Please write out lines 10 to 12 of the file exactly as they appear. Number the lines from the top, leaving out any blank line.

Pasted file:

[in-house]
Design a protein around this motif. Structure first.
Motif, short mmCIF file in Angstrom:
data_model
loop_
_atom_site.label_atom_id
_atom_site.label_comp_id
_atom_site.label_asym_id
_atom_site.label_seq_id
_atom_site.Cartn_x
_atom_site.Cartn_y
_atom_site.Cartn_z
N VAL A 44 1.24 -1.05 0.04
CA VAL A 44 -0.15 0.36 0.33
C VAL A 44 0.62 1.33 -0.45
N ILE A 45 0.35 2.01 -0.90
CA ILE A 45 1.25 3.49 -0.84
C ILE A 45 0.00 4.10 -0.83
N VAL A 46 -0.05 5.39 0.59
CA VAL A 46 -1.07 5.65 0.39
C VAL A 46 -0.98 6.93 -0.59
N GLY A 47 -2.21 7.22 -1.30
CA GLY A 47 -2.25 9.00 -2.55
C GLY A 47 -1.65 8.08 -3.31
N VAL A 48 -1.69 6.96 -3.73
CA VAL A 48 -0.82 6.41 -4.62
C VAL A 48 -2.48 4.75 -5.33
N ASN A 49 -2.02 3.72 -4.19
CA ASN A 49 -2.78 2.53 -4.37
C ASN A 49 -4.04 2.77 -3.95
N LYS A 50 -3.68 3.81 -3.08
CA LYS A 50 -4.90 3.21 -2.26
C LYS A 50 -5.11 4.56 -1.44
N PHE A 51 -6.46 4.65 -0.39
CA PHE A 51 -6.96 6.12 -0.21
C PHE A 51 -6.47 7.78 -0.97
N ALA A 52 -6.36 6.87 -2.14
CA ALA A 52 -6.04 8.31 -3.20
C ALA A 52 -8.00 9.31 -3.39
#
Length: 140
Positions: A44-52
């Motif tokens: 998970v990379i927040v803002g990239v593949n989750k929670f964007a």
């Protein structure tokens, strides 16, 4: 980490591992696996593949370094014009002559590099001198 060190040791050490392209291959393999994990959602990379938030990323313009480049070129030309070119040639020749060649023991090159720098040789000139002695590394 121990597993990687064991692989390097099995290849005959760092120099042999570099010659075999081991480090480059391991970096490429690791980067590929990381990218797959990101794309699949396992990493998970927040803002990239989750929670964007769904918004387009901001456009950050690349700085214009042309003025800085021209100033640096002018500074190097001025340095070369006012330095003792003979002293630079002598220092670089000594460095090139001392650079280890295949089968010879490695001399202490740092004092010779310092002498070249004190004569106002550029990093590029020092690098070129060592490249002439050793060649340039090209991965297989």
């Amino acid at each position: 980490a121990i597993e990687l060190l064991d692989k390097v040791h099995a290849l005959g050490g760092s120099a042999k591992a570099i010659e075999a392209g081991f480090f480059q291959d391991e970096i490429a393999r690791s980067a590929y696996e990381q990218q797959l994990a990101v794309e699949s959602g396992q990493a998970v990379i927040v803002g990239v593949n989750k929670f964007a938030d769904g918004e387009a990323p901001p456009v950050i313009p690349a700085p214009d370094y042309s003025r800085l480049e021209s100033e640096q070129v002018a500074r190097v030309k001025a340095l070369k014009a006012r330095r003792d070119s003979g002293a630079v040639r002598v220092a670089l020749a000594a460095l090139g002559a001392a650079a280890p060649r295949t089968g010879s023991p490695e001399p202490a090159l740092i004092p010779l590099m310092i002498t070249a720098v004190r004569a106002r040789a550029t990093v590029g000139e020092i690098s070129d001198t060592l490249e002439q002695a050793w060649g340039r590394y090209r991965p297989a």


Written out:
_atom_site.Cartn_x
_atom_site.Cartn_y
_atom_site.Cartn_z